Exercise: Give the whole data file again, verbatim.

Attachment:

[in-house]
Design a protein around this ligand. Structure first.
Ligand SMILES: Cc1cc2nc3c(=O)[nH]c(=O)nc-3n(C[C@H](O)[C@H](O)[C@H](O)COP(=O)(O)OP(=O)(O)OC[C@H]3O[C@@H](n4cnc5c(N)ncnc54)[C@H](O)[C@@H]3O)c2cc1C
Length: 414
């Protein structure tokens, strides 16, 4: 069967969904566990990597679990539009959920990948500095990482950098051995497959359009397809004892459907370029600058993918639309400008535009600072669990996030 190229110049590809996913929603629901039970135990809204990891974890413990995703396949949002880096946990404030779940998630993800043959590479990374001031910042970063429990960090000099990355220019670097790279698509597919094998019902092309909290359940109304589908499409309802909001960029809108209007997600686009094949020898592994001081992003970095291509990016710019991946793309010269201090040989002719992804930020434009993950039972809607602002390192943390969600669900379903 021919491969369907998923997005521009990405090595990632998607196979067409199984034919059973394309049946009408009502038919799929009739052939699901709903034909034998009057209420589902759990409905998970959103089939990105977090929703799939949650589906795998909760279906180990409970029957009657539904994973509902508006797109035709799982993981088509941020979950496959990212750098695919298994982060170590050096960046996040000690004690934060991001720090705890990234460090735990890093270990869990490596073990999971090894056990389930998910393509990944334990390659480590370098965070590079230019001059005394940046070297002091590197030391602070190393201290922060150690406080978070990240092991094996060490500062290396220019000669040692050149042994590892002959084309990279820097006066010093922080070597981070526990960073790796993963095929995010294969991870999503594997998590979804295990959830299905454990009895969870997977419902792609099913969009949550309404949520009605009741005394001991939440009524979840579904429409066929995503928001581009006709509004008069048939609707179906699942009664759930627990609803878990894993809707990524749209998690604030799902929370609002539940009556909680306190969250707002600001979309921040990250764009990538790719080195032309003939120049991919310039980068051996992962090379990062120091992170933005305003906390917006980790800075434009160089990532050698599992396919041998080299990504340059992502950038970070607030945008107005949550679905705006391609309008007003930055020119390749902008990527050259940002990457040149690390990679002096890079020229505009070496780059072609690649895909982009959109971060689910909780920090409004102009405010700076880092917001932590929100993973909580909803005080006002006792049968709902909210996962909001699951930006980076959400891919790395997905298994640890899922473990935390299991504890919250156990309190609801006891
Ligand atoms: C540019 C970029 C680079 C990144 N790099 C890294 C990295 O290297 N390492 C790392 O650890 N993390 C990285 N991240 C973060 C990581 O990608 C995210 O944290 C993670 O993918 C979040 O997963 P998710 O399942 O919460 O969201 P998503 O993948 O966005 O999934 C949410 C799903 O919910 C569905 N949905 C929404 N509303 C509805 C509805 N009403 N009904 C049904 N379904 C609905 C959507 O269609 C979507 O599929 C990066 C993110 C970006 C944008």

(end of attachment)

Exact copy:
[in-house]
Design a protein around this ligand. Structure first.
Ligand SMILES: Cc1cc2nc3c(=O)[nH]c(=O)nc-3n(C[C@H](O)[C@H](O)[C@H](O)COP(=O)(O)OP(=O)(O)OC[C@H]3O[C@@H](n4cnc5c(N)ncnc54)[C@H](O)[C@@H]3O)c2cc1C
Length: 414
């Protein structure tokens, strides 16, 4: 069967969904566990990597679990539009959920990948500095990482950098051995497959359009397809004892459907370029600058993918639309400008535009600072669990996030 190229110049590809996913929603629901039970135990809204990891974890413990995703396949949002880096946990404030779940998630993800043959590479990374001031910042970063429990960090000099990355220019670097790279698509597919094998019902092309909290359940109304589908499409309802909001960029809108209007997600686009094949020898592994001081992003970095291509990016710019991946793309010269201090040989002719992804930020434009993950039972809607602002390192943390969600669900379903 021919491969369907998923997005521009990405090595990632998607196979067409199984034919059973394309049946009408009502038919799929009739052939699901709903034909034998009057209420589902759990409905998970959103089939990105977090929703799939949650589906795998909760279906180990409970029957009657539904994973509902508006797109035709799982993981088509941020979950496959990212750098695919298994982060170590050096960046996040000690004690934060991001720090705890990234460090735990890093270990869990490596073990999971090894056990389930998910393509990944334990390659480590370098965070590079230019001059005394940046070297002091590197030391602070190393201290922060150690406080978070990240092991094996060490500062290396220019000669040692050149042994590892002959084309990279820097006066010093922080070597981070526990960073790796993963095929995010294969991870999503594997998590979804295990959830299905454990009895969870997977419902792609099913969009949550309404949520009605009741005394001991939440009524979840579904429409066929995503928001581009006709509004008069048939609707179906699942009664759930627990609803878990894993809707990524749209998690604030799902929370609002539940009556909680306190969250707002600001979309921040990250764009990538790719080195032309003939120049991919310039980068051996992962090379990062120091992170933005305003906390917006980790800075434009160089990532050698599992396919041998080299990504340059992502950038970070607030945008107005949550679905705006391609309008007003930055020119390749902008990527050259940002990457040149690390990679002096890079020229505009070496780059072609690649895909982009959109971060689910909780920090409004102009405010700076880092917001932590929100993973909580909803005080006002006792049968709902909210996962909001699951930006980076959400891919790395997905298994640890899922473990935390299991504890919250156990309190609801006891
Ligand atoms: C540019 C970029 C680079 C990144 N790099 C890294 C990295 O290297 N390492 C790392 O650890 N993390 C990285 N991240 C973060 C990581 O990608 C995210 O944290 C993670 O993918 C979040 O997963 P998710 O399942 O919460 O969201 P998503 O993948 O966005 O999934 C949410 C799903 O919910 C569905 N949905 C929404 N509303 C509805 C509805 N009403 N009904 C049904 N379904 C609905 C959507 O269609 C979507 O599929 C990066 C993110 C970006 C944008």